White House Down
Sony Pictures // PG-13 // $40.99 // November 5, 2013
Review by William Harrison | posted November 17, 2013
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The maestro of destruction, Roland Emmerich, is most successful when destroying Earth in films like Independence Day and 2012. Dialogue, character development and story arcs have never been the German-born director's strong suits, but his movies usually manage to blow stuff up good. Emmerich's latest, White House Down, is appropriately action-packed, but the very human antagonists seem slightly inadequate when compared with vengeful aliens or a pissed off mother nature. White House Down feels, dare I say it, small compared with some of Emmerich's better films. Of-the-moment stars Channing Tatum and Jamie Foxx are adequately charismatic, but the film suffers from sloppily staged action sequences, choppy editing, and 20-plus minutes of unnecessary exposition. Rent White House Down and watch it while enjoying a few beers.

Mediocre things come in twos, apparently, particularly when discussing action movies. First there was the volcanic showdown of Dante's Peak and Volcano, and then there was the great space debate in Armageddon and Deep Impact. This year saw both White House Down and the grittier, R-rated Olympus Has Fallen stage attacks on the presidential mansion. Neither film is particularly good, though I'd probably give the edge to Olympus Has Fallen for its intense action. White House Down falls squarely into PG-13 territory, complete with bloodless violence and family friendly humor.

Tatum plays U.S. Capital police officer John Cale, whose disastrous interview to join the Secret Service is complimented by a terrorist attack on the White House. Cale and his daughter, Emily (Joey King), are trapped in the Oval Office when a group of mercenaries led by Jason Clarke's Emil Stenz forces their way into the building with insider help and begins hacking the country's missile defense system. Cole naturally finds himself protecting Foxx's President James W. Sawyer, who manages to duck the incoming terrorists and proves to be more capable at defending himself than his opponents anticipated. The remainder of the film's 131 minutes is spent staging gunplay and car chases across the White House grounds.

Emmerich provides a typically stacked cast, including Maggie Gyllenhaal as a U.S. Secret Service Agent, Richard Jenkins as the Speaker of the House, James Woods as the head of the president's security detail, and Jimmi Simpson as a computer hacker. Emmerich has long convinced serious actors to play dumb in his big-budget actioners, and White House Down is no exception. Each player does his best with the material, but the script does the actors no favors with its stale dialogue. Tanning and Foxx might play off one another well, but they spend precious little time on screen together. Both actors are given a number of DOA one-liners, and White House Down is most effective when its protagonists aren't speaking.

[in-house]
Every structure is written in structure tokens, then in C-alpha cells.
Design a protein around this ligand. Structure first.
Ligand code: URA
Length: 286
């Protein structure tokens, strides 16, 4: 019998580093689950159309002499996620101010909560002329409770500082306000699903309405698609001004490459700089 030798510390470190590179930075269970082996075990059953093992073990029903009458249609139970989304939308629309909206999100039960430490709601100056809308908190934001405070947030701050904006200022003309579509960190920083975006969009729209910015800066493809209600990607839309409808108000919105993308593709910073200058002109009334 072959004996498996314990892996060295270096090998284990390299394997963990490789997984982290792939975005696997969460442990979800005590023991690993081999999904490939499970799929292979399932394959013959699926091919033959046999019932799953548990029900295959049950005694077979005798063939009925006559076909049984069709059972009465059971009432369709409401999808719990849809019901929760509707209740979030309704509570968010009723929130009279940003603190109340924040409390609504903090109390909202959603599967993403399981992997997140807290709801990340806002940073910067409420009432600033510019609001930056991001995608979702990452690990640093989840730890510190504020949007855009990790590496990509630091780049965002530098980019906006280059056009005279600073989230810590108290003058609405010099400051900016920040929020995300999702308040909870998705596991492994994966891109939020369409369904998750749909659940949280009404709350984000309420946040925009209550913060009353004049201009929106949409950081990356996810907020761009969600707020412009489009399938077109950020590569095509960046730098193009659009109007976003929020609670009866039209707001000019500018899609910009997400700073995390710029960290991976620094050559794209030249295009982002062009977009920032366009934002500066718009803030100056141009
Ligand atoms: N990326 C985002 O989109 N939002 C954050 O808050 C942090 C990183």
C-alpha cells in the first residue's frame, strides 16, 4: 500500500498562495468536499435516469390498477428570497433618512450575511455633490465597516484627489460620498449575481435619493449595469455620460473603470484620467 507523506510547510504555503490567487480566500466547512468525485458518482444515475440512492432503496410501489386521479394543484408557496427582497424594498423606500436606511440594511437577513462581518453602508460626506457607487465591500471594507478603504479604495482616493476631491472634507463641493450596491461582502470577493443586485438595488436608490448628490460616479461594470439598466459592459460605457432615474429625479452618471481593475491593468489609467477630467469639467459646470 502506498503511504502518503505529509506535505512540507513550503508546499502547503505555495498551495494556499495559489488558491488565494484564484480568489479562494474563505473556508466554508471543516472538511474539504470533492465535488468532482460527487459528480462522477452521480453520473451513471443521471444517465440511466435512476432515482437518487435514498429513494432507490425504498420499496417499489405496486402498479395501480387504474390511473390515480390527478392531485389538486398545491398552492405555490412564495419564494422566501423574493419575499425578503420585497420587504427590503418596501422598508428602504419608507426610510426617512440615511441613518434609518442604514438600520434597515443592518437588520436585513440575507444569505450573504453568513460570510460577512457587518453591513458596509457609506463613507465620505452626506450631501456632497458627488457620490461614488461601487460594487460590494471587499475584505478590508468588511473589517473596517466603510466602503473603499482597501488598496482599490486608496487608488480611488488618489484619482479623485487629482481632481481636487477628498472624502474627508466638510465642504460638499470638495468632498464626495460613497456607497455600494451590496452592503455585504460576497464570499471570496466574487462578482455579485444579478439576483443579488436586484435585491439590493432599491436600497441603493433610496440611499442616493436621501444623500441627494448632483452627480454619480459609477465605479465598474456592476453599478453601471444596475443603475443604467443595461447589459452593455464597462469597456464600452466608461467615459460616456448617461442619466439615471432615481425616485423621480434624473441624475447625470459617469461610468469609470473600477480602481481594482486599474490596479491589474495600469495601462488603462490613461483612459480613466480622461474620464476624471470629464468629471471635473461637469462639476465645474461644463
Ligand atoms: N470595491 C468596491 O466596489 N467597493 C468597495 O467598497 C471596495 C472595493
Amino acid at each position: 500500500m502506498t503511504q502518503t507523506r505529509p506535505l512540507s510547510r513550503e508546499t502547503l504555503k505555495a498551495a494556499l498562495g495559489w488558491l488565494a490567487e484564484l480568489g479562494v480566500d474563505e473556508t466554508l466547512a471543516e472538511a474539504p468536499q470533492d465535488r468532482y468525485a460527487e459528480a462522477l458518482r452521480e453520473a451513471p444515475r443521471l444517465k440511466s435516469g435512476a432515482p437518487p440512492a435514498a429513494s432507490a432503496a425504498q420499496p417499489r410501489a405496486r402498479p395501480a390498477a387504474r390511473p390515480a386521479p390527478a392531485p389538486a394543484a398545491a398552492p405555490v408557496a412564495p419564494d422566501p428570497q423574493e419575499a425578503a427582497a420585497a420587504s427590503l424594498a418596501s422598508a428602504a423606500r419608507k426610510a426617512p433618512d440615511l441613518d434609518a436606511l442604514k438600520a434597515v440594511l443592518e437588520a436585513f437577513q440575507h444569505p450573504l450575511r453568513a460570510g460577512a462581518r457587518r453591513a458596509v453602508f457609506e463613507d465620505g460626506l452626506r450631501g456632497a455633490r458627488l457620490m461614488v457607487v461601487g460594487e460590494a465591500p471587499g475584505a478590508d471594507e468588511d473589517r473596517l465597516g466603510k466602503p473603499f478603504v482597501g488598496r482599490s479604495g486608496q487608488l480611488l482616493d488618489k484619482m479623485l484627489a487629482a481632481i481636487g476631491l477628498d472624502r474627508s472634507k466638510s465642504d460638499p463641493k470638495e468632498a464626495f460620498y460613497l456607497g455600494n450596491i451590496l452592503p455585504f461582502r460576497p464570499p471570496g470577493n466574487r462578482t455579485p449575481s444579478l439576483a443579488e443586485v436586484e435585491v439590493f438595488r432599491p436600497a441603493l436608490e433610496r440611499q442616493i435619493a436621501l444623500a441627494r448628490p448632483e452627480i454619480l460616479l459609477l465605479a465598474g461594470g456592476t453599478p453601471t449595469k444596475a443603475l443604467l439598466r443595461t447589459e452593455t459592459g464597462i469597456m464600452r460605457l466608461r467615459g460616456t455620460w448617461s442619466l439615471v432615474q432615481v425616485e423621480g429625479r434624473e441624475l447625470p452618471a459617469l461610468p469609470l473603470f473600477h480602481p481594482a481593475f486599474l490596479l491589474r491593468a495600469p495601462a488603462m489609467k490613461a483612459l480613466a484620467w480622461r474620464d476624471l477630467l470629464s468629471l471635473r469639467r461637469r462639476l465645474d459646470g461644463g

The biggest surprise here is how stale the action is. Emmerich can usually be counted on to create a visual spectacle, but White House Down is ugly and poorly shot. Most of the action is barely comprehensible and downright boring. Gun fights and a car chase in the presidential limo should be thrilling but barely register, and the suspense is nearly non-existent. That's not to say there isn't some fun to be had in White House Down, but I expected more. The visual effects won't be winning any awards either, and I noticed a number of glaring continuity errors, possibly the result of a rushed production schedule. At two-plus hours, White House Down is too noisy and not entertaining enough to warrant more than a rental.



Dodgy effects aside, the 2.40:1/1080p/AVC-encoded image is rather impressive. The image is sharp, deep and textured. Close-ups and wide shots are equally striking, and edges are perfectly sharp. Colors are nicely saturated, and the contrast is purposely boosted. There's a bit of black crush, some of it intentional, but skin tones are accurate. There are no issues with noise reduction or compression artifacts.


The 5.1 DTS-HD Master Audio soundtrack is appropriately engaging, with rambunctious action effects and excellent, dynamic range. Dialogue is crystal clear and balanced appropriately across the sound field. The score is impressively deep, and effects are immersive whether quiet and ambient or bold and action oriented. French, Spanish, Portuguese and Thai 5.1 Dolby Digital mixes are also included, as are a medley of subtitle options.


This two-disc set is packed in an Elite Blu-ray case with dual-sided artwork. This "combo pack" release includes the Blu-ray, a DVD copy of the film and a code to redeem an UltraViolet HD digital copy. A shiny slipcover wraps the Blu-ray case. Extras include a number of unexciting featurettes: A Dynamic Duo (4:09/HD), The Beast (5:15/HD), Men of Action (3:43/HD), The Full Arsenal (4:47/HD), The Inside Story (2:53/HD), Presidential Treatment (4:28/HD), Roland Emmerich: Upping the Ante (5:08/HD), Crashing the Oval Office (3:49/HD), Drowning the Beast (3:25/HD), Recreating the White House (9:23/HD), and Meet the Insiders (5:13/HD). There's also a Gag Reel (6:04/HD) and a VFX Boundaries Breakdown (3:33/HD).


Roland Emmerich's films are of the popcorn variety, but some are better than others. Unfortunately, White House Down is not one of the action director's best, and it falls surprisingly flat due to choppy action and a bloated running time. Channing Tatum, Jamie Foxx and a talented supporting cast do their best with the material, but White House Down won't stick with you for long. Rent It.

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